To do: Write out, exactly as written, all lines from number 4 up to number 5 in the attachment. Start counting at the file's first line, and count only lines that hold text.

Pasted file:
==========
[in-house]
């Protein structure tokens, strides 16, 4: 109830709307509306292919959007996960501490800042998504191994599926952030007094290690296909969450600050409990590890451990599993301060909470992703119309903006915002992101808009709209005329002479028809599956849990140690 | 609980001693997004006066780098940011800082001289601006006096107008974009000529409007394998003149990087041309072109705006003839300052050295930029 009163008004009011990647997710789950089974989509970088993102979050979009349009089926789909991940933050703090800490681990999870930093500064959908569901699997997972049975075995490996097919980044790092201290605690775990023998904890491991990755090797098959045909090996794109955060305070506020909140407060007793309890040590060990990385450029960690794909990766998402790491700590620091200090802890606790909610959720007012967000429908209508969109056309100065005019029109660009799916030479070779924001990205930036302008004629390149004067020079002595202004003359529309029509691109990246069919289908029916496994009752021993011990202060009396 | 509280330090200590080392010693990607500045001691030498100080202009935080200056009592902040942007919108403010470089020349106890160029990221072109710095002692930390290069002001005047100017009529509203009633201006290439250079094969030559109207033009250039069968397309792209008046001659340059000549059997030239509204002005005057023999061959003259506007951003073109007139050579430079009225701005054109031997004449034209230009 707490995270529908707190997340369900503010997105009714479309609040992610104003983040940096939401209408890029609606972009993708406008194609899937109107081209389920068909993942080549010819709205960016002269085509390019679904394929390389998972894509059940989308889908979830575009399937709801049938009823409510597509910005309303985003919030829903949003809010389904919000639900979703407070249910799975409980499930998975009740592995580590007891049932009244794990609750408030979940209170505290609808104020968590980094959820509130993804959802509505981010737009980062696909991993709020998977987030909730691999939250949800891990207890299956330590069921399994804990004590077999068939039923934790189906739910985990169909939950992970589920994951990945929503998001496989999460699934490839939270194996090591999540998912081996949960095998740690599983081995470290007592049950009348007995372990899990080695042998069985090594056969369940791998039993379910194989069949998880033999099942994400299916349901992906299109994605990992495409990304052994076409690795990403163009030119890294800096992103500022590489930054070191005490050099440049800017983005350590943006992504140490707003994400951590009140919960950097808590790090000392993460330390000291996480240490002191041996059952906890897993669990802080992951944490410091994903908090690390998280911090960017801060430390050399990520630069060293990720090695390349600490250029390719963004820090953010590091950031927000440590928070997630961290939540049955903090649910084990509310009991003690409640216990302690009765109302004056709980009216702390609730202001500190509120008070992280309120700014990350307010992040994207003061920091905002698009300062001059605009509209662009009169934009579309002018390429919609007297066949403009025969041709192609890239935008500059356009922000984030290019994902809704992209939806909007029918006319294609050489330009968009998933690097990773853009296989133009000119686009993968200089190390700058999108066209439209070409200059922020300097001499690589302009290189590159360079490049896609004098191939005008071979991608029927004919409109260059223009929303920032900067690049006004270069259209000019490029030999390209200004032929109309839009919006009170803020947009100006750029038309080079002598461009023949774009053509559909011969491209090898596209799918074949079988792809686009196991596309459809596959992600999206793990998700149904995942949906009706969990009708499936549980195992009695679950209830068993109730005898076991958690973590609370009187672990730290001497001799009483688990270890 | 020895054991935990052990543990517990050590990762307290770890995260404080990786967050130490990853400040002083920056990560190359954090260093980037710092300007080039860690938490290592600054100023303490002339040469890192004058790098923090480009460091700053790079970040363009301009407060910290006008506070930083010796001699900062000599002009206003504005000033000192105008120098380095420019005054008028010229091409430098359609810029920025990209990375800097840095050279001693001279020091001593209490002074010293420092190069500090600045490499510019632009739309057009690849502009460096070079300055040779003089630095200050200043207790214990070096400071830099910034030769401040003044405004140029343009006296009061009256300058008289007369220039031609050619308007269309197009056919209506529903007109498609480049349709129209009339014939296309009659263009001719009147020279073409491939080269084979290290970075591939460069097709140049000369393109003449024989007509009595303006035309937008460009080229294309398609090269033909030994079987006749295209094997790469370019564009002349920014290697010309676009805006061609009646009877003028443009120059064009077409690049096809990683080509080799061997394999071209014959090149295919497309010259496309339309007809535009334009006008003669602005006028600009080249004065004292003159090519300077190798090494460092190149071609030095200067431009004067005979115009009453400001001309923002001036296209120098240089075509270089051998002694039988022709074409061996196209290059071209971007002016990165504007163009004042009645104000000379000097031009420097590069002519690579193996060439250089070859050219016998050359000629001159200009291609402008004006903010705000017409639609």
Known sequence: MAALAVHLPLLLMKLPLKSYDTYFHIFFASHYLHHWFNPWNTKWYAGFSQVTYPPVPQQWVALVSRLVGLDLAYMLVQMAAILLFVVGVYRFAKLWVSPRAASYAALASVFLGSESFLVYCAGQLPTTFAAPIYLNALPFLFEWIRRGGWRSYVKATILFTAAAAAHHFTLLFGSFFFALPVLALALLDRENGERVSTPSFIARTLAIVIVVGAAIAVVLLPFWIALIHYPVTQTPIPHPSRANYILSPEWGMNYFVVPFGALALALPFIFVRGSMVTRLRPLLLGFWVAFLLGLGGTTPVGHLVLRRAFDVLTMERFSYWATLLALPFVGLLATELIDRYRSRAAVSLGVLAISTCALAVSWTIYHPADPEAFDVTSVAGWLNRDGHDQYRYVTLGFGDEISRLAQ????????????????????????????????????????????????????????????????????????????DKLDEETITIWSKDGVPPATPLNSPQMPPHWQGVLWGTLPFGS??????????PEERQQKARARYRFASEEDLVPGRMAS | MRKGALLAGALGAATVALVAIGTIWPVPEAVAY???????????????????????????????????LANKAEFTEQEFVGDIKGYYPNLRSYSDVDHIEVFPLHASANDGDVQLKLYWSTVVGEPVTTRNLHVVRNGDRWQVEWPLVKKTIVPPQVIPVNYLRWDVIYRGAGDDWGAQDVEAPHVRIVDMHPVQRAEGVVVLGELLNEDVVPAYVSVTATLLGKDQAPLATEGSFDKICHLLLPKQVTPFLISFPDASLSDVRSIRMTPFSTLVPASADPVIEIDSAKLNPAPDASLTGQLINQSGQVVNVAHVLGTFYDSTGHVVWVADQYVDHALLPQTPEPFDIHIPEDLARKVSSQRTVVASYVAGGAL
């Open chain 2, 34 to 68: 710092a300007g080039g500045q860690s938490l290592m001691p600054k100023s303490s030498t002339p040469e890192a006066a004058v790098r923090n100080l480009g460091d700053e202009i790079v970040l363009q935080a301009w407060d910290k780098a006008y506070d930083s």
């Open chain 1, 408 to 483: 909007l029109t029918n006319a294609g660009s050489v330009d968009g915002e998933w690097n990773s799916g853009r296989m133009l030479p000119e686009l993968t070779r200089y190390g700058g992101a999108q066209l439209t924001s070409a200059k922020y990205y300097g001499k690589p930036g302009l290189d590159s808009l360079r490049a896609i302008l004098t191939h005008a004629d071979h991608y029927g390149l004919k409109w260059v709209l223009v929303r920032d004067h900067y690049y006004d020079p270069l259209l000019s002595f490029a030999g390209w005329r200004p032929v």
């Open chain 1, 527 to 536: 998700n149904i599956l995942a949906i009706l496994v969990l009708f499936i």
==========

């Open chain 2, 34 to 68: 710092a300007g080039g500045q860690s938490l290592m001691p600054k100023s303490s030498t002339p040469e890192a006066a004058v790098r923090n100080l480009g460091d700053e202009i790079v970040l363009q935080a301009w407060d910290k780098a006008y506070d930083s």
């Open chain 1, 408 to 483: 909007l029109t029918n006319a294609g660009s050489v330009d968009g915002e998933w690097n990773s799916g853009r296989m133009l030479p000119e686009l993968t070779r200089y190390g700058g992101a999108q066209l439209t924001s070409a200059k922020y990205y300097g001499k690589p930036g302009l290189d590159s808009l360079r490049a896609i302008l004098t191939h005008a004629d071979h991608y029927g390149l004919k409109w260059v709209l223009v929303r920032d004067h900067y690049y006004d020079p270069l259209l000019s002595f490029a030999g390209w005329r200004p032929v």